Spondylolisthesis sexual dysfunction can be caused by impingement of the sacral nerve roots, which is a possible consequence of central spinal stenosis leading to cauda equina syndrome. CES is a very serious medical emergency that may be created by extreme shifts in the alignment of the central vertebral canal. These shifts are possible in cases of severe grade 3 and especially grade 4 classifications of both retrolisthesis and anterolisthesis.
The nerve roots which directly serve the sexual organs are well protected by mother nature. They are not subject to compression within the foraminal spaces, since they exit through well defined openings in the sacrum, which do not typically demonstrate the type of degeneration which plagues the lumbar nerve roots of L4, L5 and S1. However, these nerves are still part of the cauda equina nerve bundle and can therefore be compressed within the central canal before they have the chance to exit at their respective sacral foramen.
This dissertation explains how spondylolisthesis can cause sexual dysfunction in patients through the mechanism of neurological compression of the sacral nerve roots. We will also explore alternative explanations for sexual dysfunction as primary and secondary consequences of spondylolisthesis.
Spondylolisthesis Sexual Dysfunction Relationship
Sexual dysfunction can be linked to listhesis through neurological, muscular or psychoemotional causative processes. It may be difficult to determine which of these contributors is primary and which might be secondary or non-factors, since all three contributors tend to act together and cumulatively in many patient profiles.
Spondylolisthesis most commonly occurs in the lower lumbar spine, which is not coincidentally one of the areas most involved in sexual functionality. The lumbar spine is important in performing sex acts for both men and women. Doctors have known for a very long time that any lumbar pathology is detrimental to a healthy sex life. However, we have found that even cervical spondylolisthesis can be just as disruptive to sexual functionality for the exact same reasons as more typical lumbar varieties.
Spondylolisthesis Sexual Dysfunction Causation
Below we detail how and why listhesis can negatively affect sexual performance, as well as sexual enjoyment for men and women alike:
Spondylolisthesis can misalign the central spinal canal and/or foraminal openings through which the spinal nerve roots exit the vertebral column. Both of these circumstances can lead to impingement of nerve tissues that might be instrumental in innervating the sexual organs or some of the muscles that act as secondary facilitators of sexual acts. In the lumbar region, central spinal stenosis can affect the mid to low sacral nerve roots within the central canal, while in the neck, listhesis can impinge on spinal cord tracts that might be involved in creating these same nerve roots lower in the anatomy.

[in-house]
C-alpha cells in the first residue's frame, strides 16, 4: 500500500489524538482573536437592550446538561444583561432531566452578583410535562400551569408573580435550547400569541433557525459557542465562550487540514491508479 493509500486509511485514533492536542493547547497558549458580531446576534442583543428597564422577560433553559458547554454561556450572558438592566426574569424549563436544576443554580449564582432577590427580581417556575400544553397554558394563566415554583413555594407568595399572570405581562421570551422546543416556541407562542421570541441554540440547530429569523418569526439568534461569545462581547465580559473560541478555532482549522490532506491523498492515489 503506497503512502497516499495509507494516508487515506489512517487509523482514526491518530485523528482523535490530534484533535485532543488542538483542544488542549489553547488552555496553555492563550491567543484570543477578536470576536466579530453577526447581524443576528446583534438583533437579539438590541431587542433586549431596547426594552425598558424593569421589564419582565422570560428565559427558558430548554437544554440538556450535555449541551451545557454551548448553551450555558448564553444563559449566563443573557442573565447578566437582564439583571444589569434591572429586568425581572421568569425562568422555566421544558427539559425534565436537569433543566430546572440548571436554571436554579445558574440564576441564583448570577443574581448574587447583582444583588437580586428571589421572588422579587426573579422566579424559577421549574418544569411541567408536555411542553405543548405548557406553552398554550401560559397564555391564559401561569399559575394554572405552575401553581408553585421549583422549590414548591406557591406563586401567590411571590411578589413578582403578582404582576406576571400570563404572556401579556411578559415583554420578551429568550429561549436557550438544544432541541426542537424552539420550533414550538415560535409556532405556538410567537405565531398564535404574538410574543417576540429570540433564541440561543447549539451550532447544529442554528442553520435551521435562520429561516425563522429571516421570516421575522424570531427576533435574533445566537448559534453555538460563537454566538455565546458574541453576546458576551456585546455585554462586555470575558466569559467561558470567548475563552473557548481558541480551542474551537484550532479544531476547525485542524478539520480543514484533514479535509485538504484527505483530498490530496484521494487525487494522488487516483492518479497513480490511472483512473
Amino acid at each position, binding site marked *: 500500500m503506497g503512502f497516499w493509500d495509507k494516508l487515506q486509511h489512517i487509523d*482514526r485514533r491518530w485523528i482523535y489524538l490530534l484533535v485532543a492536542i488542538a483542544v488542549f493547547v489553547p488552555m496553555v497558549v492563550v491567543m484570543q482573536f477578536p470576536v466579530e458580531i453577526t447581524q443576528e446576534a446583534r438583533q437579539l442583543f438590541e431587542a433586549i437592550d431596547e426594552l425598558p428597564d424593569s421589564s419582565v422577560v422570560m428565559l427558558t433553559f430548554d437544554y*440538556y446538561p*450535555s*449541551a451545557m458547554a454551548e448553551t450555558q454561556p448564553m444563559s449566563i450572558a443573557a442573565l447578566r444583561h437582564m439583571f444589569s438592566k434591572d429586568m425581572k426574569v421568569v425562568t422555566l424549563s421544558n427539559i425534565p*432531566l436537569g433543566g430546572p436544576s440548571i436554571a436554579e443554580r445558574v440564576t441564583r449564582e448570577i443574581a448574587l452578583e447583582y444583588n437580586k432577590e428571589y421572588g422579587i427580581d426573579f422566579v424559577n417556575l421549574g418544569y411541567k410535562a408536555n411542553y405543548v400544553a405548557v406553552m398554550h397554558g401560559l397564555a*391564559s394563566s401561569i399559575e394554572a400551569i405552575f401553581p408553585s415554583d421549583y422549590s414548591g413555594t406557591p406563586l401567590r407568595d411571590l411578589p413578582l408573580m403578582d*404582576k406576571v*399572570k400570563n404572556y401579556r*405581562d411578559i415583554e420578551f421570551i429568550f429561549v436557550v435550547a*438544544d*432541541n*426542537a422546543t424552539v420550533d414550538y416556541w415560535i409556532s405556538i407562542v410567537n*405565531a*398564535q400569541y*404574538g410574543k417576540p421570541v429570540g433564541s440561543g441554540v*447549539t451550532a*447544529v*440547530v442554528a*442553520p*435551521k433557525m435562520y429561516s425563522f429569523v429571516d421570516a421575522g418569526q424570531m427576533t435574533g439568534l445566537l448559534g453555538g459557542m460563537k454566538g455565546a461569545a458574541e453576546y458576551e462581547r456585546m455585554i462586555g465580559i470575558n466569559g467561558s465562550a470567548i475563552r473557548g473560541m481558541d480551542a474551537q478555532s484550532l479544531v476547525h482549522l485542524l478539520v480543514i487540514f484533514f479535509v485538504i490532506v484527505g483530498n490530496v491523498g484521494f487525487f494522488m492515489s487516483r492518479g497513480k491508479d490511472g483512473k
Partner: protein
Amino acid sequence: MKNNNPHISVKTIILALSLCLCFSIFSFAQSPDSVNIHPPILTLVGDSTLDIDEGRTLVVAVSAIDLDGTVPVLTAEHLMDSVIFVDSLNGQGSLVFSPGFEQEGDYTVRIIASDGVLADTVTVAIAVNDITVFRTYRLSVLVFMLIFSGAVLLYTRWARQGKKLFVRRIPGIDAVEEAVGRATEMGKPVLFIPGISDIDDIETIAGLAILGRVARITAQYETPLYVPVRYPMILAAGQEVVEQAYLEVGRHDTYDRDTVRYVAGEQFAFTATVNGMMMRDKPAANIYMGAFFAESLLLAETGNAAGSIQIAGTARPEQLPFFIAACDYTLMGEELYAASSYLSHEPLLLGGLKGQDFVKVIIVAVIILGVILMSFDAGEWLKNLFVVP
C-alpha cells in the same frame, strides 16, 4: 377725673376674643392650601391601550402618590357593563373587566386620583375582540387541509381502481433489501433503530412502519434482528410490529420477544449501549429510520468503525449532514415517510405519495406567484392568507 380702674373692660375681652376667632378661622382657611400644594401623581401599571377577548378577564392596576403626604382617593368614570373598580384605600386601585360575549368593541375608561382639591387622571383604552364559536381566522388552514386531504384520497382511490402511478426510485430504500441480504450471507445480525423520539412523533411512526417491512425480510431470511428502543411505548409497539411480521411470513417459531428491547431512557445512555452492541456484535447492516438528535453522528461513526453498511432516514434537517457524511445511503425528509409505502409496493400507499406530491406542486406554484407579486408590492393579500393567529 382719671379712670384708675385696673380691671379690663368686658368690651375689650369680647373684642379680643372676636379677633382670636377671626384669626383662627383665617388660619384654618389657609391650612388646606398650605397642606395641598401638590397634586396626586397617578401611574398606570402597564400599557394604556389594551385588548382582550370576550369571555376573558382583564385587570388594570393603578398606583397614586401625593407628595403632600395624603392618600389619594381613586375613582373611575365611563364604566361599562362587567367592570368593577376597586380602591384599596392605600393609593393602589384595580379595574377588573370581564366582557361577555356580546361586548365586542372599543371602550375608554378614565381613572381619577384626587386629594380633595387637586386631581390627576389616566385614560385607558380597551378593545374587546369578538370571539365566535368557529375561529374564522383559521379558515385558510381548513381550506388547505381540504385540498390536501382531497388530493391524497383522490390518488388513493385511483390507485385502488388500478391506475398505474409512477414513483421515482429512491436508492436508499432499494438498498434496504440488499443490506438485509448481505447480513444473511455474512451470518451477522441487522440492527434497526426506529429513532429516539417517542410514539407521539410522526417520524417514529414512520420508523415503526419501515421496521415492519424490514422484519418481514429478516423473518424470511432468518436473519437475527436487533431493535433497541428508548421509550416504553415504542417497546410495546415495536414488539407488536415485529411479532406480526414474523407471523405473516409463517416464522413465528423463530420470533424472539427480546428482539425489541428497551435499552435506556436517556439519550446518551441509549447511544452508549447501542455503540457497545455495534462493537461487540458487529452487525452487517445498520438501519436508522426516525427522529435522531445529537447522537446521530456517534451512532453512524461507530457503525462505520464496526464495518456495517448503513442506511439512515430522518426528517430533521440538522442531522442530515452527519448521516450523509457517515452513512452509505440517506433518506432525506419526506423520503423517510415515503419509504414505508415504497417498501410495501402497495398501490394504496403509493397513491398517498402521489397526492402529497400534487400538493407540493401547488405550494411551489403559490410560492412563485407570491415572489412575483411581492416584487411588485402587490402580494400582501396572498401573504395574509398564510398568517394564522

Symptomatic expressions of any type of listhesis can cause widespread muscular pain regionally and in related areas of the anatomy. Since the back muscles are interdependent in form and function, listhesis can create a large area of pain, regardless of where it occurs in the backbone. Pain is never conducive to enjoyable sexual activity and might be prohibitive to both function and satisfaction.
Psychoemotional dysfunctional is commonplace for various reasons. Some patients simply have terror over the very idea of sex with their structural spinal abnormalities. This fear is often instilled by well-meaning doctors who caution them to take it easy with such strenuous acts. Many patients have suffered flare-ups of pain during or after sex, further causing them dread and apprehension.
If the cause of pain is actually a mindbody process, but mistakenly blamed on spondylolisthesis, then sex is a very common trigger for symptoms to occur. Sexual issues lie at the heart of many mindbody syndromes, since they relate to intimacy, loyalty, trauma, family, betrayal, trust and many other types of subconsciously sensitive and often repressed issues.
Correcting Spondylolisthesis Sexual Dysfunction
Structural issues that are creating dysfunction due to nerve compression are actually the easiest to fix statistically. Unfortunately, this usually entails dramatic spinal fusion to restore the migrated vertebral bone to its intended anatomical location and realignment of the nerves that are currently suffering compression.
Muscular pain that prohibits or reduces the appeal of sex is harder to manage, since even fusion might not solve this problem. Patients might be best served learning alternative ways to mitigate this pain, such as those offered by expert pain coaching programs.
Psychoemotional causation due to fear and past painful experiences can usually be overcome with positive reinforcement of the benefits of sex and some degree of compromise in position and exertion. However, psychoemotional syndromes that are causing primary gain pain which is mistakenly blamed on listhesis are far more commonplace and will require the application of knowledge therapy to disarm. Remember that a large percentage of suspected symptomatic listhesis cases actually involve incidental vertebral slippage and primary symptomatic activity caused by the mind, and not any abnormality of the spine.